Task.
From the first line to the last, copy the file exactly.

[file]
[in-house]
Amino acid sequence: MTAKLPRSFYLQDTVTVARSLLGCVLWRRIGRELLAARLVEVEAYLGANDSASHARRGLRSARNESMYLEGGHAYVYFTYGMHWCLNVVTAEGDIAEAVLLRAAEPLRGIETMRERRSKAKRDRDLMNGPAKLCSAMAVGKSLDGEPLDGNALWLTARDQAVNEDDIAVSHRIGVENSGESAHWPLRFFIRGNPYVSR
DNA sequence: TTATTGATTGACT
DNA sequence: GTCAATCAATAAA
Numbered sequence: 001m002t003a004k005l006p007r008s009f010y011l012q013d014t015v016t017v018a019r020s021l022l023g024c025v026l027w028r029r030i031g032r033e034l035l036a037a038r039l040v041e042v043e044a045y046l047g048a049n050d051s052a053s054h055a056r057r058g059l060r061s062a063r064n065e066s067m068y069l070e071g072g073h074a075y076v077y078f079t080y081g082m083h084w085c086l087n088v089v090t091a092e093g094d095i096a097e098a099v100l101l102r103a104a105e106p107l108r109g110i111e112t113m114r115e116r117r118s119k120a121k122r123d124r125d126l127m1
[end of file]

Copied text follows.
[in-house]
Amino acid sequence: MTAKLPRSFYLQDTVTVARSLLGCVLWRRIGRELLAARLVEVEAYLGANDSASHARRGLRSARNESMYLEGGHAYVYFTYGMHWCLNVVTAEGDIAEAVLLRAAEPLRGIETMRERRSKAKRDRDLMNGPAKLCSAMAVGKSLDGEPLDGNALWLTARDQAVNEDDIAVSHRIGVENSGESAHWPLRFFIRGNPYVSR
DNA sequence: TTATTGATTGACT
DNA sequence: GTCAATCAATAAA
Numbered sequence: 001m002t003a004k005l006p007r008s009f010y011l012q013d014t015v016t017v018a019r020s021l022l023g024c025v026l027w028r029r030i031g032r033e034l035l036a037a038r039l040v041e042v043e044a045y046l047g048a049n050d051s052a053s054h055a056r057r058g059l060r061s062a063r064n065e066s067m068y069l070e071g072g073h074a075y076v077y078f079t080y081g082m083h084w085c086l087n088v089v090t091a092e093g094d095i096a097e098a099v100l101l102r103a104a105e106p107l108r109g110i111e112t113m114r115e116r117r118s119k120a121k122r123d124r125d126l127m1